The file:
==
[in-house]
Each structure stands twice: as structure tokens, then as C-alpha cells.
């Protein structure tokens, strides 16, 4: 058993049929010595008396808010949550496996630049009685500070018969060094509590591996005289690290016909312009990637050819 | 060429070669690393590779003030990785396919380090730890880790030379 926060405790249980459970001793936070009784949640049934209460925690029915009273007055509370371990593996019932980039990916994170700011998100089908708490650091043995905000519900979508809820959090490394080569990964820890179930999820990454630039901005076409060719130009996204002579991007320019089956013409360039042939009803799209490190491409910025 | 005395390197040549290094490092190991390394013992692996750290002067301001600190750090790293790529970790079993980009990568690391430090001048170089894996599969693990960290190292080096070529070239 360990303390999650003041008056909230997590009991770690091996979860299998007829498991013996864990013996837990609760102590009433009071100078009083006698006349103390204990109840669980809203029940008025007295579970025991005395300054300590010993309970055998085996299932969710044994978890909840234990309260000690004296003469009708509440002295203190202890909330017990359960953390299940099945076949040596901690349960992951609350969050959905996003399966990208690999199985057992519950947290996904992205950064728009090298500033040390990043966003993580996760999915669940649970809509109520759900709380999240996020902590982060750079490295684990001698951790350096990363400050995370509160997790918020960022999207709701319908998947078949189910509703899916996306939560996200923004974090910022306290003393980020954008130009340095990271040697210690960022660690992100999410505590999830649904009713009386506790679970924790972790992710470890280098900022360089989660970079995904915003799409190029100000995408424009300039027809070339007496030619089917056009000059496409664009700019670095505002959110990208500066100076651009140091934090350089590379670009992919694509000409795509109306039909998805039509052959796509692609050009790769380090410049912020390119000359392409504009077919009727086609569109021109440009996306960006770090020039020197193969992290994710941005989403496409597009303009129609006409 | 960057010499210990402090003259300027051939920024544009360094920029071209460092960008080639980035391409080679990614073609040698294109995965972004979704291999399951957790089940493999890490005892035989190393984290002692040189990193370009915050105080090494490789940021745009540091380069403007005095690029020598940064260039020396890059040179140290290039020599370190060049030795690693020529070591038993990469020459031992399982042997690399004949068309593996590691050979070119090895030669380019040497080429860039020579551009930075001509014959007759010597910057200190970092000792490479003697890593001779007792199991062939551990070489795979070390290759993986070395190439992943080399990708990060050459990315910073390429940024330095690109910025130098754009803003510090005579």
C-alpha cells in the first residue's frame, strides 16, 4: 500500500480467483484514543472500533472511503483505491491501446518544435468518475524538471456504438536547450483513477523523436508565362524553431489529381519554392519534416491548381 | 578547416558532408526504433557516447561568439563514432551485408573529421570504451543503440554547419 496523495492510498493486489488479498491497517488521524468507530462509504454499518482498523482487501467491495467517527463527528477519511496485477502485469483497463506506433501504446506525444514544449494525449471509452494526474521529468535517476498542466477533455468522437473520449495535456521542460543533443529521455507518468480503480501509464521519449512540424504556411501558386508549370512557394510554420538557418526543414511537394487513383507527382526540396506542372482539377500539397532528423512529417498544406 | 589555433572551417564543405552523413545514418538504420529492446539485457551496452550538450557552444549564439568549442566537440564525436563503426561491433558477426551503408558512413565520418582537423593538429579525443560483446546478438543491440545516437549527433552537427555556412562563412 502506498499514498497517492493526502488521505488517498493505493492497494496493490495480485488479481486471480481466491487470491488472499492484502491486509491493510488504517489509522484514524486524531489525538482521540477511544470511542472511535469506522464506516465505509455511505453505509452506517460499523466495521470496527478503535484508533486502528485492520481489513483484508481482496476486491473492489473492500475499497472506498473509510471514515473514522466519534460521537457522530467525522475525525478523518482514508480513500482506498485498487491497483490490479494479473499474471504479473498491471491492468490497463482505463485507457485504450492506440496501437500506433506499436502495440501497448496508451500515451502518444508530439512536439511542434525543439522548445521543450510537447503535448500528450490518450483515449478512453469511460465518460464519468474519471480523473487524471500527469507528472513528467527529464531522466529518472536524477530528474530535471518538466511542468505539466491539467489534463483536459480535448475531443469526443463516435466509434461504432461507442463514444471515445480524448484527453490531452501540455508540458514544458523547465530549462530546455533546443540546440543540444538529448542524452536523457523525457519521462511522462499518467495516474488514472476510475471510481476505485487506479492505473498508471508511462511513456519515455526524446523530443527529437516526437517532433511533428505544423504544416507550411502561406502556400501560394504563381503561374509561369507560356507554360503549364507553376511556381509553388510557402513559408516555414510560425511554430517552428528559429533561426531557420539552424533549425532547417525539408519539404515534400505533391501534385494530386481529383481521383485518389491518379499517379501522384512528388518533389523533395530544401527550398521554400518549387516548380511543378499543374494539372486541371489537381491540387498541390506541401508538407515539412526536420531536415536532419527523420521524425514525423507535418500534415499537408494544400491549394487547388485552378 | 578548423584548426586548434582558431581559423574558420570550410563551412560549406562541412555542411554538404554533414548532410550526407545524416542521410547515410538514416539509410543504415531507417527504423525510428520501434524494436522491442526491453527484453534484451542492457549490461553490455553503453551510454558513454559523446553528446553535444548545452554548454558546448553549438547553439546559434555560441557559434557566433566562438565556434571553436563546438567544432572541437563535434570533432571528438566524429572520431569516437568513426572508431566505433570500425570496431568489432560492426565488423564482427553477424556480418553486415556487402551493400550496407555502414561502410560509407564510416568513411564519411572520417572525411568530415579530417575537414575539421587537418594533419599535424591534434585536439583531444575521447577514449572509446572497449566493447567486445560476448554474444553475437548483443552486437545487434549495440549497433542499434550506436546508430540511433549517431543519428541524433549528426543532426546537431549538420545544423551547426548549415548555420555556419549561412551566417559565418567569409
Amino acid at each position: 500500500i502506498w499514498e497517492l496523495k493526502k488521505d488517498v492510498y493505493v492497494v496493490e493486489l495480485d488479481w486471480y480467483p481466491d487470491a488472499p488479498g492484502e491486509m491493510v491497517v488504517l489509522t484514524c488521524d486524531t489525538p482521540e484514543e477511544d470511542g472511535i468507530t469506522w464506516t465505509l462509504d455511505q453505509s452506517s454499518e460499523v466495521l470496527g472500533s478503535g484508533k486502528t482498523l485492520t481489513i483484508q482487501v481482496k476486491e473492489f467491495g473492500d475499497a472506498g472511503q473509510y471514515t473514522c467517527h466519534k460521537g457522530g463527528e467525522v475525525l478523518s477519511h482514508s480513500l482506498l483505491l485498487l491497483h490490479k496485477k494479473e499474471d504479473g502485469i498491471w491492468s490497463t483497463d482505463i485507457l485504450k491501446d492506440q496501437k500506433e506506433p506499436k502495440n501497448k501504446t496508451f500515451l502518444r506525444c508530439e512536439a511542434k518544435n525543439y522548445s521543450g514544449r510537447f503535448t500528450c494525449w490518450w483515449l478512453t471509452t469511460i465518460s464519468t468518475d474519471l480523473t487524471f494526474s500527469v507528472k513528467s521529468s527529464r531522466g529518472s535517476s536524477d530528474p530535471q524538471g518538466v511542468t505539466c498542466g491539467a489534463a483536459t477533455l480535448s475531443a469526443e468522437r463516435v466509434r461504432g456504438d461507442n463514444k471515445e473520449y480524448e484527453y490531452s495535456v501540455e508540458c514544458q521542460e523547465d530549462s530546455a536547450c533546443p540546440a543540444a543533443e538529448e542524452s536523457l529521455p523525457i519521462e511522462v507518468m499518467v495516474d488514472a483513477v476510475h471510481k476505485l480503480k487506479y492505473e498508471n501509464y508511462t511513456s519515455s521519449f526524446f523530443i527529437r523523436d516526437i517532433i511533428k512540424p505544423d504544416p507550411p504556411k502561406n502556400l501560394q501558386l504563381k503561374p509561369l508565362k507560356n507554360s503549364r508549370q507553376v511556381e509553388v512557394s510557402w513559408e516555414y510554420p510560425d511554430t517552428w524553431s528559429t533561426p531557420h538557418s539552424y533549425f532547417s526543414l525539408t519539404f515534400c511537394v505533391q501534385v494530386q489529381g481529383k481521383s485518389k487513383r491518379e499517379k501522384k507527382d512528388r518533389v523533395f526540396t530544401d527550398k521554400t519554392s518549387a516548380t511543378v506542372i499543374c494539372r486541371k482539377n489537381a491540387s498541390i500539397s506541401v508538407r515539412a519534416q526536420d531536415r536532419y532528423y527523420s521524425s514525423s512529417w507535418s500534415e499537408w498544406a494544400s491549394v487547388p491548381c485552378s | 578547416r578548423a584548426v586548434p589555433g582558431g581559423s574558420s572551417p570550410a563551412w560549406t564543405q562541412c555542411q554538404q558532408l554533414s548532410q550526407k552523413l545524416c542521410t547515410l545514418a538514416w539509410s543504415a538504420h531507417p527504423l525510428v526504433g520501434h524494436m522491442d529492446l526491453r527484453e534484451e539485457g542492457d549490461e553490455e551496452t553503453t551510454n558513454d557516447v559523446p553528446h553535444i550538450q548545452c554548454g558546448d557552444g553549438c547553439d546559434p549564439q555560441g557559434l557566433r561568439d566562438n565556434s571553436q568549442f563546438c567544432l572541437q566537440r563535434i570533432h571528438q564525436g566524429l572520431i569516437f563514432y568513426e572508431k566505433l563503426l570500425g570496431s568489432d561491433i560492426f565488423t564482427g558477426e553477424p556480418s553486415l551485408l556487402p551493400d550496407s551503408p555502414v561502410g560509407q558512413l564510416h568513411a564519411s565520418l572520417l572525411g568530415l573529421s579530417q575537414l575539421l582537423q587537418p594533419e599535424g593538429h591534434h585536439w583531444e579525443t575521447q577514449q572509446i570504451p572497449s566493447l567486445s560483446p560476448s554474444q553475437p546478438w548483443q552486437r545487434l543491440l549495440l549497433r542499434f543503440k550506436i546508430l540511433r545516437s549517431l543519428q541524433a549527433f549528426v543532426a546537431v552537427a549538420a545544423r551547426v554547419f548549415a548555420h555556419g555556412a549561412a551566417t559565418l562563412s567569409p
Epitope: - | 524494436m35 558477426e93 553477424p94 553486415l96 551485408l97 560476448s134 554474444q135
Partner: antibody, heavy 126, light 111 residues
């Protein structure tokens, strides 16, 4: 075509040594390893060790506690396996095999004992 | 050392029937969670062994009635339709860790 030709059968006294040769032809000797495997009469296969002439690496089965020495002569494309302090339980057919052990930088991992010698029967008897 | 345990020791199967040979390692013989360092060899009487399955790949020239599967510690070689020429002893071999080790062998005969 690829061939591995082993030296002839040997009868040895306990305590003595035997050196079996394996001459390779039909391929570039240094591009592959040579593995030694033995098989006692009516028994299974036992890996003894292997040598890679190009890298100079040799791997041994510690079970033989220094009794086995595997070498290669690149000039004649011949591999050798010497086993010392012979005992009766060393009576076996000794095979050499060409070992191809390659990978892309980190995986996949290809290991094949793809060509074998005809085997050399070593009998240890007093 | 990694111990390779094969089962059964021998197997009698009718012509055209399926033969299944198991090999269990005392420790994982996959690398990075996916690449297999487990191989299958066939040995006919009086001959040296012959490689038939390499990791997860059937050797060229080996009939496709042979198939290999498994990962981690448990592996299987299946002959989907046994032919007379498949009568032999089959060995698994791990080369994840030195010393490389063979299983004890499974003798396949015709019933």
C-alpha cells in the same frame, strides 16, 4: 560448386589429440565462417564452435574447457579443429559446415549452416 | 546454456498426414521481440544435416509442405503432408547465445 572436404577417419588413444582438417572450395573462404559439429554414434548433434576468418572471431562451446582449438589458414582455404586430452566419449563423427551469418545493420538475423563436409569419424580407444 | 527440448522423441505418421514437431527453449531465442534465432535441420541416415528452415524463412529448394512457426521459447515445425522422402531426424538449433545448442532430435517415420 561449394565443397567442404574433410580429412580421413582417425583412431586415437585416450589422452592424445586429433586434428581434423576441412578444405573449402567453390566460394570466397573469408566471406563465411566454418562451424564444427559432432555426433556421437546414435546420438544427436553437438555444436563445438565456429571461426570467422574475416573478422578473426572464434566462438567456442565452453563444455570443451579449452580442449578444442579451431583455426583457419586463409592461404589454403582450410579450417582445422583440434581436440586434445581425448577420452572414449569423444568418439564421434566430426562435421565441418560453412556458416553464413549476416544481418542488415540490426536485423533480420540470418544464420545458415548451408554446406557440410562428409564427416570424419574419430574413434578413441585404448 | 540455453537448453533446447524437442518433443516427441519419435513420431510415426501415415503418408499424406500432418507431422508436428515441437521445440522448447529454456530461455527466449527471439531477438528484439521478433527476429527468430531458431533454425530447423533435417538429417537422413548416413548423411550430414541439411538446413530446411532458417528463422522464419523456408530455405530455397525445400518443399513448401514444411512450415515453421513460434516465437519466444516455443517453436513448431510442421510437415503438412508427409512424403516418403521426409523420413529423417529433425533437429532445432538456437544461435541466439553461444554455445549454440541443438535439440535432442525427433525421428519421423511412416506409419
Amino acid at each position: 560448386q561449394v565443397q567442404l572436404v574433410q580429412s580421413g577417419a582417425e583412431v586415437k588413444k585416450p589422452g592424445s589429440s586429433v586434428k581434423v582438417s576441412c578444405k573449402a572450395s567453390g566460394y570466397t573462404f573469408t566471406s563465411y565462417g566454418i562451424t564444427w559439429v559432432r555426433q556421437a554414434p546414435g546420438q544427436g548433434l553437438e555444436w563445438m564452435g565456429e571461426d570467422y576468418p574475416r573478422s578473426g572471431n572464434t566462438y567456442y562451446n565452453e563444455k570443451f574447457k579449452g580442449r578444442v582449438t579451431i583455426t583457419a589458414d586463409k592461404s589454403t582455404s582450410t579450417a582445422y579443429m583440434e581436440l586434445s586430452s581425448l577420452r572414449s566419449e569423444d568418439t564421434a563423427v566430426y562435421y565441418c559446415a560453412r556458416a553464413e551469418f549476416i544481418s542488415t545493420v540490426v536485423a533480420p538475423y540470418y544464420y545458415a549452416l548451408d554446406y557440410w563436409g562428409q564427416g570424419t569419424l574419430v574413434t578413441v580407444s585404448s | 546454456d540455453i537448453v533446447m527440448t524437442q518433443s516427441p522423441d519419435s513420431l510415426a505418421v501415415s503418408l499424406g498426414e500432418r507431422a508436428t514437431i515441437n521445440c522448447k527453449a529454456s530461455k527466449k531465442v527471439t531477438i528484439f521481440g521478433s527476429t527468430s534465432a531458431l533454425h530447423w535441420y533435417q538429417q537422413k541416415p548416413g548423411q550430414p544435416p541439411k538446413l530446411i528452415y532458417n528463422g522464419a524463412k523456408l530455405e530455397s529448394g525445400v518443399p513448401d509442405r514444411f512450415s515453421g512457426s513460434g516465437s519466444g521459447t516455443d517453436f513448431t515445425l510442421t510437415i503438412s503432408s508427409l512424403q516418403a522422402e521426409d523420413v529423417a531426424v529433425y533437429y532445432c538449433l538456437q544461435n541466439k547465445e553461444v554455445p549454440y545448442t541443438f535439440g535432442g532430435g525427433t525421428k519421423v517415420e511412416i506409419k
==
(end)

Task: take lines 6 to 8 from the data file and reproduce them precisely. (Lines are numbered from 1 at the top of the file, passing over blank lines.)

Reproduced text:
Epitope: - | 524494436m35 558477426e93 553477424p94 553486415l96 551485408l97 560476448s134 554474444q135
Partner: antibody, heavy 126, light 111 residues
């Protein structure tokens, strides 16, 4: 075509040594390893060790506690396996095999004992 | 050392029937969670062994009635339709860790 030709059968006294040769032809000797495997009469296969002439690496089965020495002569494309302090339980057919052990930088991992010698029967008897 | 345990020791199967040979390692013989360092060899009487399955790949020239599967510690070689020429002893071999080790062998005969 690829061939591995082993030296002839040997009868040895306990305590003595035997050196079996394996001459390779039909391929570039240094591009592959040579593995030694033995098989006692009516028994299974036992890996003894292997040598890679190009890298100079040799791997041994510690079970033989220094009794086995595997070498290669690149000039004649011949591999050798010497086993010392012979005992009766060393009576076996000794095979050499060409070992191809390659990978892309980190995986996949290809290991094949793809060509074998005809085997050399070593009998240890007093 | 990694111990390779094969089962059964021998197997009698009718012509055209399926033969299944198991090999269990005392420790994982996959690398990075996916690449297999487990191989299958066939040995006919009086001959040296012959490689038939390499990791997860059937050797060229080996009939496709042979198939290999498994990962981690448990592996299987299946002959989907046994032919007379498949009568032999089959060995698994791990080369994840030195010393490389063979299983004890499974003798396949015709019933």